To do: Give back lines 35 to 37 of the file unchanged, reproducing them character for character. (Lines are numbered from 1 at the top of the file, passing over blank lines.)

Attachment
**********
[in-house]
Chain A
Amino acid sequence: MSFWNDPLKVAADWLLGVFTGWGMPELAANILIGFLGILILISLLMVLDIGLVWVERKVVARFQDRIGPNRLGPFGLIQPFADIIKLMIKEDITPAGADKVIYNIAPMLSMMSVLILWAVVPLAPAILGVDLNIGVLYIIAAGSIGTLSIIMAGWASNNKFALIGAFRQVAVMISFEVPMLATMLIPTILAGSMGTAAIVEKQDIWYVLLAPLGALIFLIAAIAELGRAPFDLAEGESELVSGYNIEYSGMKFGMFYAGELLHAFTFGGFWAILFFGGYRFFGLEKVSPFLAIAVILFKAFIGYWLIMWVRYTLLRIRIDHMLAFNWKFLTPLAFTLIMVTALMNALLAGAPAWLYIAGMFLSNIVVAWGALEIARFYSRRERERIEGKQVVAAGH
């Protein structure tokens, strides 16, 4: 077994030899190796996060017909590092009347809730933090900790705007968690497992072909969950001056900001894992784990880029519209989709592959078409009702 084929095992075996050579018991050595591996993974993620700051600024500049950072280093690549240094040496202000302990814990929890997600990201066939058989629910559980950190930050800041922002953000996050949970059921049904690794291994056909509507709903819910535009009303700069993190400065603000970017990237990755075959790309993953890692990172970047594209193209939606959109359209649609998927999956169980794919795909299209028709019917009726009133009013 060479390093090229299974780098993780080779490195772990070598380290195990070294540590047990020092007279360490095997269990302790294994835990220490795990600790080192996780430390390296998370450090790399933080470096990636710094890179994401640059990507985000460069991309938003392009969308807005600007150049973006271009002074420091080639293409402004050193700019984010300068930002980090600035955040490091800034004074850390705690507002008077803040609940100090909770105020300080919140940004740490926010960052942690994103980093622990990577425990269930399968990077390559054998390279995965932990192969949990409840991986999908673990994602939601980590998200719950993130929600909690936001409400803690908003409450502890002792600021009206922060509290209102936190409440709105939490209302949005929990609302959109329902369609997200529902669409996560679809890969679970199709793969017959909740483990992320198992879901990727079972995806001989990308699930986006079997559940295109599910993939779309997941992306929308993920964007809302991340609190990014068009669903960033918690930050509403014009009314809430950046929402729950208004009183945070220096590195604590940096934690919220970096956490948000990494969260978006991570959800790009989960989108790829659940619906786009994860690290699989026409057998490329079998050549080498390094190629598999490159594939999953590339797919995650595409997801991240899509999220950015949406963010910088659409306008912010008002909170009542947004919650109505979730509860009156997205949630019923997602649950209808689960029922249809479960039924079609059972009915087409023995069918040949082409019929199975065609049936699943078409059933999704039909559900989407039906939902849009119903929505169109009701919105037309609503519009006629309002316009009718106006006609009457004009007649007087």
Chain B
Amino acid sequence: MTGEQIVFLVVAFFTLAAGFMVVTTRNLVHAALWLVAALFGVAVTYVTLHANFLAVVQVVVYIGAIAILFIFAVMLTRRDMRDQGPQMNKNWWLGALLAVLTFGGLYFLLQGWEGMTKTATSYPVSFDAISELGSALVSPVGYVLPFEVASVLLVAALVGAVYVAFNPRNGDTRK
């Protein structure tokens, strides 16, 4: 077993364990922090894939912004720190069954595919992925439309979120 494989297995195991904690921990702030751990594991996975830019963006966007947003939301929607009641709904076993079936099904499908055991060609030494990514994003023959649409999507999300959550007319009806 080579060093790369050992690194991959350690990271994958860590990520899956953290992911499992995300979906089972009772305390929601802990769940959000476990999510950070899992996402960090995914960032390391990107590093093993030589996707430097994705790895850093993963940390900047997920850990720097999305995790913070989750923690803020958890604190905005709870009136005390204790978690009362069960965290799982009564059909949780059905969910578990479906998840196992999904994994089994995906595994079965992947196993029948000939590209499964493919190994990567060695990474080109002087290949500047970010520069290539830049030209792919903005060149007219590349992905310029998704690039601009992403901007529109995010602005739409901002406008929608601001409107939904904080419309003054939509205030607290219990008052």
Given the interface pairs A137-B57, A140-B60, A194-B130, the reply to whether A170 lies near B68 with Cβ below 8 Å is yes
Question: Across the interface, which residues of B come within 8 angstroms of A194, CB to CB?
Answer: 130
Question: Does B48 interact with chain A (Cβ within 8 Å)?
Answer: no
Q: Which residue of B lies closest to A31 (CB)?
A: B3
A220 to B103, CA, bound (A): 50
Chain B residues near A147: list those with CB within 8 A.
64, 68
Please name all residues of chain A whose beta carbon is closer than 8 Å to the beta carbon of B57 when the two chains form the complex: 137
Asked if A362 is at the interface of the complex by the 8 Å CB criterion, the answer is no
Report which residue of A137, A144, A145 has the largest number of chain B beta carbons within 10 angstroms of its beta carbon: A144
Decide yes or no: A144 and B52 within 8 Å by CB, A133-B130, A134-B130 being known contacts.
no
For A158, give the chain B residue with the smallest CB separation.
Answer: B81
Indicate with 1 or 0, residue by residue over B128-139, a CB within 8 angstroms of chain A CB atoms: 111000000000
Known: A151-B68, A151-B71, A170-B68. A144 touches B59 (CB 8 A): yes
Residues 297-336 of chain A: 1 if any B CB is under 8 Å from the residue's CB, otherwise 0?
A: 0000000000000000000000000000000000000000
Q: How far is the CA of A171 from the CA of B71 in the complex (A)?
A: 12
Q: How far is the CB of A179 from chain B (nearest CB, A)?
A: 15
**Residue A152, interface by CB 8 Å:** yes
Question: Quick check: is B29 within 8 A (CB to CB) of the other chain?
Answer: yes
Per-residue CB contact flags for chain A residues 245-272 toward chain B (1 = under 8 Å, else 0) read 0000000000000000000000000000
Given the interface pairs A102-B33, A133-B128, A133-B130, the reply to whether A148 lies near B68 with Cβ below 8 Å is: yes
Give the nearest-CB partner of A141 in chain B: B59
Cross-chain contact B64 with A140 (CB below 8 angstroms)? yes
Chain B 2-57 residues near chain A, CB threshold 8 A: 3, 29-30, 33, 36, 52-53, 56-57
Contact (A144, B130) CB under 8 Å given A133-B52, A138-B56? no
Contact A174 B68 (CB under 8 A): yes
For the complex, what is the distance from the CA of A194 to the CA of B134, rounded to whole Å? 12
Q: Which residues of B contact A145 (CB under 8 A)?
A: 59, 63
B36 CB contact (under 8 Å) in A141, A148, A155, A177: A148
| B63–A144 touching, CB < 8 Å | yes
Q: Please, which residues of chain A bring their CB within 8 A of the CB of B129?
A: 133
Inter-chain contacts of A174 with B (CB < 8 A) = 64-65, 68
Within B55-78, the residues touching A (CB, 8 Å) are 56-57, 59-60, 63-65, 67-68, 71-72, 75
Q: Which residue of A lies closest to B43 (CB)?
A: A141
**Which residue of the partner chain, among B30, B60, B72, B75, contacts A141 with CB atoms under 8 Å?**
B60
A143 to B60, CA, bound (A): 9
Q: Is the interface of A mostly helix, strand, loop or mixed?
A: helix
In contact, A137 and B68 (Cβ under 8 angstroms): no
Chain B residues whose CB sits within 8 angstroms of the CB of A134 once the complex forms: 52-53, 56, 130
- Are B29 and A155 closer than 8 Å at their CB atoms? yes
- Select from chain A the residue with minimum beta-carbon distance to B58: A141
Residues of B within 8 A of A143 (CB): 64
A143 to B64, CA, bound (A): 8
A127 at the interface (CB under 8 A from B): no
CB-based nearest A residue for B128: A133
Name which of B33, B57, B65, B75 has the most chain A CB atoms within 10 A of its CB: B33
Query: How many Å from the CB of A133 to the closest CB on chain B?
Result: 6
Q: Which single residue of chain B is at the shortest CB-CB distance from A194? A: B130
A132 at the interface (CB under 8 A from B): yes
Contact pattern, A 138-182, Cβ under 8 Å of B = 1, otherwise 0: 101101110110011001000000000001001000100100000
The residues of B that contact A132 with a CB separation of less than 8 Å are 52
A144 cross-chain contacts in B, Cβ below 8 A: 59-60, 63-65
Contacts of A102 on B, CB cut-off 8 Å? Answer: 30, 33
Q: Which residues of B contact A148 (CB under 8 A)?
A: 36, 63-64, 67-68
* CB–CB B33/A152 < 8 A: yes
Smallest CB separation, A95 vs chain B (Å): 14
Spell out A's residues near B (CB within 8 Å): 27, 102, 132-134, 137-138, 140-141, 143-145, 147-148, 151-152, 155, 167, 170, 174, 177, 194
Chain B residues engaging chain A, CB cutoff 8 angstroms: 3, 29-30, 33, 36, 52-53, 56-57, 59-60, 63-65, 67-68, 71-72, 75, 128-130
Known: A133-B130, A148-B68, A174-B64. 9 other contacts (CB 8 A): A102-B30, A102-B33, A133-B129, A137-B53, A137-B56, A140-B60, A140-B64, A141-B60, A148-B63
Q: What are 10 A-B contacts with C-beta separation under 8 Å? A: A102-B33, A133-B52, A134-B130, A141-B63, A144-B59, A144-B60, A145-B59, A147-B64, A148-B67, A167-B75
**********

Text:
Answer: yes
Per-residue CB contact flags for chain A residues 245-272 toward chain B (1 = under 8 Å, else 0) read 0000000000000000000000000000
Given the interface pairs A102-B33, A133-B128, A133-B130, the reply to whether A148 lies near B68 with Cβ below 8 Å is: yes